“Make reparation for the ingratitude of men. Spend an hour in prayer to appease divine justice, to implore mercy for sinners, to honor Me, to console Me for My bitter suffering when abandoned by My apostles, when they did not watch one hour with Me.”

But that raises the question, why would God “want” a relationship with us unless he did not already have it – but, being infinite, i.e. lacking nothing, he must already have it, hence we have a contradiction, do we not? That is, I think this contradiction is resolved in redefining “desire” – God must not desire things as we desire them. We desire things generally because they complete our being, i.e. it is something we do not have that we want. But God cannot desire anything that he doesn’t already have, since, being infinite, he lacks nothing that exists. So he must not “desire” a relationship with us in the same manner that we desire one with him.

CS Lewis has a good way of looking at this :slight_smile: it’s true as you say that God does not need anything, of His nature, He is complete and perfect. It is us who need Him. However, because of His love, it’s like He created a need or perhaps a want within Himself, for us. St Alphonsus Liguori said that love always wants union with the beloved, so God always wants union with us. I think this is shown in the Cross, because Jesus went to such great length to save us. Why did He do this? Why is He willing to show us mercy, when we choose to sin against Him? He doesn’t require anything in His nature but in His love, He wants to be in relationship with us, because He made us for this relationship. Simply put, it’s what we were created for. Of course when I say that God “desires” a relationship with us, I’m using human language, but I also don’t think that Christ is as impersonal as some people believe He is… in fact He is definitely not impersonal. His feelings go beyond emotions like we have and perhaps “feelings” isn’t a complete description, but we don’t really have words to describe God well. It’s the closest we can get.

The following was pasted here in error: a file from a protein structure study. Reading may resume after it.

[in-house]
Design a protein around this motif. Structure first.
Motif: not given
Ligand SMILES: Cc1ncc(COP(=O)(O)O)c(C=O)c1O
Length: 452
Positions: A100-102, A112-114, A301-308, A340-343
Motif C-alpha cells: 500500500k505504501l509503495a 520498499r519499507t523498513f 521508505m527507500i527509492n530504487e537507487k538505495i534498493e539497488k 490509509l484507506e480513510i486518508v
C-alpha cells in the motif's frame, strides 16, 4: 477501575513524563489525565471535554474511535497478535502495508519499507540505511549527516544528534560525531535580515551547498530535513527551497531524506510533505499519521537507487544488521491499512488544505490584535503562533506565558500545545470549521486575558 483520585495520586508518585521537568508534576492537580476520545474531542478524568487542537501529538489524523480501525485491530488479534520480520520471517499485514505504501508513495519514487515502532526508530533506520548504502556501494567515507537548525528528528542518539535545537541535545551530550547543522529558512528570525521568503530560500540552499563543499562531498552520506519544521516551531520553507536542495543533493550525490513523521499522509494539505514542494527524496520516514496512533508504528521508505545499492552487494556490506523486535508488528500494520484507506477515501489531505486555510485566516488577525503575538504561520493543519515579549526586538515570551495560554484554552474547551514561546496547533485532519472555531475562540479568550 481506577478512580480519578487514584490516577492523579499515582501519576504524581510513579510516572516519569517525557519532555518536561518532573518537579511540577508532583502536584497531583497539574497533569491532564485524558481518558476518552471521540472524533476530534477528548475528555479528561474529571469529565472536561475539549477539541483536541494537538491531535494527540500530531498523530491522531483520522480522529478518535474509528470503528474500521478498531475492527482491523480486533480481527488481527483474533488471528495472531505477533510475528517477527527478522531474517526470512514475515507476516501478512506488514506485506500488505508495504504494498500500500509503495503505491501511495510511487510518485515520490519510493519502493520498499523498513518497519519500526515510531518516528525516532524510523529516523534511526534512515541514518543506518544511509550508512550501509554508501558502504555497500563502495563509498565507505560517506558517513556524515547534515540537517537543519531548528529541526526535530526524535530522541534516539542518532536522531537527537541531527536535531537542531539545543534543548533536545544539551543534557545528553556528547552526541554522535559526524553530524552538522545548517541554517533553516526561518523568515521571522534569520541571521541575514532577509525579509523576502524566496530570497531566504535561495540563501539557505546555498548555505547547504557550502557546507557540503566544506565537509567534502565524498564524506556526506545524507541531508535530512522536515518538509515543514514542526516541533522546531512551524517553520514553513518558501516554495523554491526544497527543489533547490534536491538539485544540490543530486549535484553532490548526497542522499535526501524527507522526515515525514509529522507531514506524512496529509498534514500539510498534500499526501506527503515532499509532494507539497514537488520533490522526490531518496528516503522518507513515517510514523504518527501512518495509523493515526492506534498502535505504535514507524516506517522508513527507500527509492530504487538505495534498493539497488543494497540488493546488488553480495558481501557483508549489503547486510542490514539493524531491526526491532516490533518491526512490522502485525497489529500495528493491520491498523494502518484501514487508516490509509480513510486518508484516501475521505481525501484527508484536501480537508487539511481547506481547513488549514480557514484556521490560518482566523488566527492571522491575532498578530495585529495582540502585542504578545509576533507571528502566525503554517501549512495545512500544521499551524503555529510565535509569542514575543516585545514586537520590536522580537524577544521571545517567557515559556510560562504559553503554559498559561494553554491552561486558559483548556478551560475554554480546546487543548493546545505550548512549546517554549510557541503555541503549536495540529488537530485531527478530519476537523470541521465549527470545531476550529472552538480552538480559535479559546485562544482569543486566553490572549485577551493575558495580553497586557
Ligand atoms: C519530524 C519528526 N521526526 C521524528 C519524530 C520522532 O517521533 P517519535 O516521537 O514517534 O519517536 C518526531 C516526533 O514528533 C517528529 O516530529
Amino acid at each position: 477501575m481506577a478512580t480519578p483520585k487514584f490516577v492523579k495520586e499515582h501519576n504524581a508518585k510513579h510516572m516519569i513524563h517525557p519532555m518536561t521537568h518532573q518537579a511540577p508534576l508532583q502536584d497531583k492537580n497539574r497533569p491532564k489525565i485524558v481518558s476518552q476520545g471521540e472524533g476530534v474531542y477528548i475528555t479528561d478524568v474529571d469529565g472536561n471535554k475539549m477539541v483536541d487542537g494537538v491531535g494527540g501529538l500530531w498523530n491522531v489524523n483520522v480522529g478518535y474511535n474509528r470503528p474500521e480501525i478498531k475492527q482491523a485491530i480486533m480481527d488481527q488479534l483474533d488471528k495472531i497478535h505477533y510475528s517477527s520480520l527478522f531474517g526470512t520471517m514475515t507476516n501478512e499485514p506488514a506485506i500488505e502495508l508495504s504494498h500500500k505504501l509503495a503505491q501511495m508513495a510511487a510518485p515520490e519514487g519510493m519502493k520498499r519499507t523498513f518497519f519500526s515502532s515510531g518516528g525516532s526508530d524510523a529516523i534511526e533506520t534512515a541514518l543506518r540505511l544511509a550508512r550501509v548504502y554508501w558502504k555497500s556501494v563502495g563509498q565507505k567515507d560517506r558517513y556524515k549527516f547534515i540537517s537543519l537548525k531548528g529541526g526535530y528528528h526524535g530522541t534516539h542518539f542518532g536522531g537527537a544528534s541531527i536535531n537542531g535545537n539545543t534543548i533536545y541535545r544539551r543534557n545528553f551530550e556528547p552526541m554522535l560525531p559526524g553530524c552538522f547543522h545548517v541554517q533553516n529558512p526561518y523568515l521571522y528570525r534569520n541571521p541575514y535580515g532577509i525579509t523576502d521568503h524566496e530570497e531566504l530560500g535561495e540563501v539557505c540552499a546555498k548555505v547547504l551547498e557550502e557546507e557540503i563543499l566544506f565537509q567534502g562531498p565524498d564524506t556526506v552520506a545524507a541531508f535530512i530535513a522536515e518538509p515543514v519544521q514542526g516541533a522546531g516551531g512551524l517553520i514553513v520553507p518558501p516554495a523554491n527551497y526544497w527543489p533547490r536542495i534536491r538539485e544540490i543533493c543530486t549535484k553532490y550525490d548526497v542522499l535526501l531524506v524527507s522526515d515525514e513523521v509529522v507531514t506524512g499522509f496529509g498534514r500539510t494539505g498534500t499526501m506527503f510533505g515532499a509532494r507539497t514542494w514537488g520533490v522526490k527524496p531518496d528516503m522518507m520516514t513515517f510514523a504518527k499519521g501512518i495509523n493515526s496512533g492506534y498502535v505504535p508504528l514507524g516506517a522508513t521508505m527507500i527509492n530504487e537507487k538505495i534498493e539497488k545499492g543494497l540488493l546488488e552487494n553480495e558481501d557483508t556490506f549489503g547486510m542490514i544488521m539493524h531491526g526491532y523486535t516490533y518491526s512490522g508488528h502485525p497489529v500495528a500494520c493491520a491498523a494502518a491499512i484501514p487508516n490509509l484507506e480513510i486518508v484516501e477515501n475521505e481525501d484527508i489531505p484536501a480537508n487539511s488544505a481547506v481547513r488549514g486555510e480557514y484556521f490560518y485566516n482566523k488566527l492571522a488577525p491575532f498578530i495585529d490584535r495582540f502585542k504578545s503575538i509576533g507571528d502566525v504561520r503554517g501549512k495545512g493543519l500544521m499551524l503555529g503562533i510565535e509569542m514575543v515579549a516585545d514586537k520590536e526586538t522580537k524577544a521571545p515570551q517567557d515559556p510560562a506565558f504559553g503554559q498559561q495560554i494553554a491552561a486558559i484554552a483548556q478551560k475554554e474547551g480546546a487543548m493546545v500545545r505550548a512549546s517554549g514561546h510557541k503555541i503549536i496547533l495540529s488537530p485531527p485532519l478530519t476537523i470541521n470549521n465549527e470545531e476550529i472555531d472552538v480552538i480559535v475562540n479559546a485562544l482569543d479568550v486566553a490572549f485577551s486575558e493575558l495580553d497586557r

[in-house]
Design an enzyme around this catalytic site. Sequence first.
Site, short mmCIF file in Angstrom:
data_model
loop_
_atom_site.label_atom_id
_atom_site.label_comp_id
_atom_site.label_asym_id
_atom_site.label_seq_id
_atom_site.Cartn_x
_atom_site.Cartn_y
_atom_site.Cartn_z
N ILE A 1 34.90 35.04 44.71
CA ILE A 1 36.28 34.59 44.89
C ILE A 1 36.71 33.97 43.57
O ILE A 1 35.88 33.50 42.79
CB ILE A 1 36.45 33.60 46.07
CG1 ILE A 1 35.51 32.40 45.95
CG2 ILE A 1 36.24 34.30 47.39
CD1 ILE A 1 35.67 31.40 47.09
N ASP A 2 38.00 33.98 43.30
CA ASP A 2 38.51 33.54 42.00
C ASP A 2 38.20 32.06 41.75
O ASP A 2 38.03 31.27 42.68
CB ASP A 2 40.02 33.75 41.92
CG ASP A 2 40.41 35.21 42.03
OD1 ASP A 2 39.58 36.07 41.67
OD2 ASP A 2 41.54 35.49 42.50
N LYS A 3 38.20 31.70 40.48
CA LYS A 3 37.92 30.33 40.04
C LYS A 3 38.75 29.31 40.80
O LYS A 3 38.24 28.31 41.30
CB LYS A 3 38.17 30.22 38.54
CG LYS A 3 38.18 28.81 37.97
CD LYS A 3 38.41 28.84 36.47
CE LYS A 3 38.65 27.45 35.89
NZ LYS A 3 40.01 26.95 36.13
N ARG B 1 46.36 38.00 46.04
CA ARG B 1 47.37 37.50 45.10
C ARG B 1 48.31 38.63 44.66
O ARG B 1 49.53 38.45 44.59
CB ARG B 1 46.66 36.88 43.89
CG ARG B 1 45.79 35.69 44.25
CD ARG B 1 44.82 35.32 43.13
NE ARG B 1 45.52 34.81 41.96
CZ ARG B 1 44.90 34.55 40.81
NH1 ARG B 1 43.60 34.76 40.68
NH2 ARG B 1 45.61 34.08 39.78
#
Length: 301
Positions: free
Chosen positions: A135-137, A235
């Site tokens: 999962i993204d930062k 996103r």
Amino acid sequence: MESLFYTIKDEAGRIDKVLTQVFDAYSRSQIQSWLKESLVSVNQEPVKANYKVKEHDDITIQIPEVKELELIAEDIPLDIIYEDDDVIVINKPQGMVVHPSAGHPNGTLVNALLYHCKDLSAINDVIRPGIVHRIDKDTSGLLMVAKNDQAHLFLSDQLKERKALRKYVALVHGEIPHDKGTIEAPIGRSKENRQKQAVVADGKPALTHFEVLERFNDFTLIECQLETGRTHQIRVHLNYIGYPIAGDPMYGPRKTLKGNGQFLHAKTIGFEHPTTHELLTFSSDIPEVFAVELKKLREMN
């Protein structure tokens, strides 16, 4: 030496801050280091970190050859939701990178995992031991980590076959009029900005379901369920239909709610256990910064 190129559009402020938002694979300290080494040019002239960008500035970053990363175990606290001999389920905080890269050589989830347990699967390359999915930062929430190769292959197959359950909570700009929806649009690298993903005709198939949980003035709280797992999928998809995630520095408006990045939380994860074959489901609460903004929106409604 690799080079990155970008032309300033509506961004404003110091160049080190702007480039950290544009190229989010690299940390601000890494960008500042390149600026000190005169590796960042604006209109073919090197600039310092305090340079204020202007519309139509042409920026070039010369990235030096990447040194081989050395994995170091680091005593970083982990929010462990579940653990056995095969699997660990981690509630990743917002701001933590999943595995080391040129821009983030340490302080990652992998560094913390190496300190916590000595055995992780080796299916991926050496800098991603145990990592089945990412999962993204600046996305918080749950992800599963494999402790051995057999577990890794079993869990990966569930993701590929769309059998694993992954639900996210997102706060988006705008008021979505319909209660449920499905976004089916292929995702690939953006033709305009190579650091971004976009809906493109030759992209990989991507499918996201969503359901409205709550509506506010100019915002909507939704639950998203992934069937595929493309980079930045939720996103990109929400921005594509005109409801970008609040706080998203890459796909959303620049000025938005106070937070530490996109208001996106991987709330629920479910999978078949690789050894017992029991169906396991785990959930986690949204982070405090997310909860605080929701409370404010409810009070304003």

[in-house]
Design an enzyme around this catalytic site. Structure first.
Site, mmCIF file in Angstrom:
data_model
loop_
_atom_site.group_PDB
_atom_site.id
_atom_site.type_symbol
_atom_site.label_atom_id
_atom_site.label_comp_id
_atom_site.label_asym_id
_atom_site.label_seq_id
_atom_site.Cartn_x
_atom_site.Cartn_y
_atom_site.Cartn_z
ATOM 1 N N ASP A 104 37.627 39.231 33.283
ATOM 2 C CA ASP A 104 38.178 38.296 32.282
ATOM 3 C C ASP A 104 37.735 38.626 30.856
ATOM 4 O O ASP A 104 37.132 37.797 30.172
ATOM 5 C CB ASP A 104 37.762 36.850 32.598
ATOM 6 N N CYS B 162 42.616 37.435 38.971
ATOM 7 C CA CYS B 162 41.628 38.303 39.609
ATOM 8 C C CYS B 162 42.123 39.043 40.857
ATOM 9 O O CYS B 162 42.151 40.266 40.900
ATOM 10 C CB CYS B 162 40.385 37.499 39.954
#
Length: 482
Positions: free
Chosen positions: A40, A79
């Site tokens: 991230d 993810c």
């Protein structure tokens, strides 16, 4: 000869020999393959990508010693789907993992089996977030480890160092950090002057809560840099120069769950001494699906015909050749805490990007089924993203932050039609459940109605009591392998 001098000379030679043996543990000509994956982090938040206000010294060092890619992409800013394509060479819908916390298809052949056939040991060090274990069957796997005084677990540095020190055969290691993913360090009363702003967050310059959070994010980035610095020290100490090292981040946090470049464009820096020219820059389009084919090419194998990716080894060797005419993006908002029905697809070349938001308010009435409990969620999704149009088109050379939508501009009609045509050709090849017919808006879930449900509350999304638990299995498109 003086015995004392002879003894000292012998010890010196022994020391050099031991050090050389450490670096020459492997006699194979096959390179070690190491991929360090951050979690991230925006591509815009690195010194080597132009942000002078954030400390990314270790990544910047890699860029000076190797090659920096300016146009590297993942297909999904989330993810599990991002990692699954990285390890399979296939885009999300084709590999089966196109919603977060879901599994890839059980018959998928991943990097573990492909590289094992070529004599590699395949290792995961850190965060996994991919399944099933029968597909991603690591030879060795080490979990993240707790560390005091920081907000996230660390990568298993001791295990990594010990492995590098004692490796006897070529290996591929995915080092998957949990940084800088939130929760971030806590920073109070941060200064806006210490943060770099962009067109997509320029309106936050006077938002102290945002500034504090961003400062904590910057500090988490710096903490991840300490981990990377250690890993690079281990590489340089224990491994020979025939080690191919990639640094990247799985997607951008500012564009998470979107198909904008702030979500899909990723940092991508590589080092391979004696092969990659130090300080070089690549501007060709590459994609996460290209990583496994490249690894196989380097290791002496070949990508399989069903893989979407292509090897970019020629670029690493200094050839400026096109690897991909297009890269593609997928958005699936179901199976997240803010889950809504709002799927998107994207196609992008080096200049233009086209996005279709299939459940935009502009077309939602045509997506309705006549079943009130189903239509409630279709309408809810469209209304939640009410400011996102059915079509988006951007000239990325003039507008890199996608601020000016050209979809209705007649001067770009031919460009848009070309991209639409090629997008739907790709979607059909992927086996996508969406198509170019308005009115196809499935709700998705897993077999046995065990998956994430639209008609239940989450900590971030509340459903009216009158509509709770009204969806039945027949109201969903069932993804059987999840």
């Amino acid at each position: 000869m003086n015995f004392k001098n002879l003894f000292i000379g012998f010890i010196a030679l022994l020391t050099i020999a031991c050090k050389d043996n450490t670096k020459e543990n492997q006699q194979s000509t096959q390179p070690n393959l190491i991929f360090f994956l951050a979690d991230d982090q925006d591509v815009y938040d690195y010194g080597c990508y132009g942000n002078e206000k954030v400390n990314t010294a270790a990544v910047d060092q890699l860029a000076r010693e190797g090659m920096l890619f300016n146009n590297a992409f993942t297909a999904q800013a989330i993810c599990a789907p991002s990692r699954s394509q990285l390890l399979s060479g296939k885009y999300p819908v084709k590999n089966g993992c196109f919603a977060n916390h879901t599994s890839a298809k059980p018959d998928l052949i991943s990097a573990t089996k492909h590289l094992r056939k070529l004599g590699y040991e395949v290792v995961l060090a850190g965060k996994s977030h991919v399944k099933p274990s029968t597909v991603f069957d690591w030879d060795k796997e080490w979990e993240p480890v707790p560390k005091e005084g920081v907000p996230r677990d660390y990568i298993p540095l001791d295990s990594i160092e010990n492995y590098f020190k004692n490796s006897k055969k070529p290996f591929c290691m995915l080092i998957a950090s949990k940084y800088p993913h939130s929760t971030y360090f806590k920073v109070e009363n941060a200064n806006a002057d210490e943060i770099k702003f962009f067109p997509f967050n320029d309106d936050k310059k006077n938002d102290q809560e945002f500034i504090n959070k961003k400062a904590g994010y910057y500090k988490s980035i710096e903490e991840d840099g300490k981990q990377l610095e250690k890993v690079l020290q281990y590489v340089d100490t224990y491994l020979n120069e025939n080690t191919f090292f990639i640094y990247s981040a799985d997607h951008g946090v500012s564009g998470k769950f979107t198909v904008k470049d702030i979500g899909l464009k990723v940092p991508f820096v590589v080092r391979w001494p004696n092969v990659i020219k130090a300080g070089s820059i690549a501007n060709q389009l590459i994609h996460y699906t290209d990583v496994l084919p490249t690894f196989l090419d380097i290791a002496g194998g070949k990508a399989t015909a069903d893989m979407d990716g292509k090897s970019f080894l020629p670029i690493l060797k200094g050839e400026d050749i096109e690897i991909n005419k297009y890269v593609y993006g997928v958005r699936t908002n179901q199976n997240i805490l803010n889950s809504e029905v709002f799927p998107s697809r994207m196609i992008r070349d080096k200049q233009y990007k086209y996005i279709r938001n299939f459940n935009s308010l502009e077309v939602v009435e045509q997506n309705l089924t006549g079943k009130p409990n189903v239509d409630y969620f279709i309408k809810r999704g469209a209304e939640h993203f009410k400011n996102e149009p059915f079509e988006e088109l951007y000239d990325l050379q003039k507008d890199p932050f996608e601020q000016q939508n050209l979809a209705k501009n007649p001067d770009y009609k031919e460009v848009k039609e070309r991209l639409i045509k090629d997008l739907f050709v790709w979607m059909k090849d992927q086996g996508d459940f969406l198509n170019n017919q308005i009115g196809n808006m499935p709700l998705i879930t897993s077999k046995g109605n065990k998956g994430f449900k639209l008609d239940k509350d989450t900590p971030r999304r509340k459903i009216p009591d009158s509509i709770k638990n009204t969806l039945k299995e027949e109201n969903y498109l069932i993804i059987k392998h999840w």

Have you ever read the parable of the Prodigal Son? Remember how the father runs to the son when he comes back. It’s not like God accepts us because He has no need of us and we’re seeking Him from our own initiative. We seek Him because He is seeking us, otherwise we would not seek Him, because even wanting to be with God is a grace from Him. If you want to be with God, that’s because He gave you this grace. And we love Him because He loved us first. (says so in Scripture). God takes the initiative to find us… we respond… we seek Him in return, and He responds. That certainly shows that God cares to find us, that in fact He wants a relationship with us, as the father wanted the prodigal son to come back home. We call God our Father.

Leaving that topic and turning to the issue of trust you mention: It seems to me that I cannot know that God loves me unless he tells me himself. I don’t see Jesus’ suffering as evidence that God loves me; it seems more like evidence that God enjoys suffering (thus suffering is everywhere in nature and God became man to experience it himself).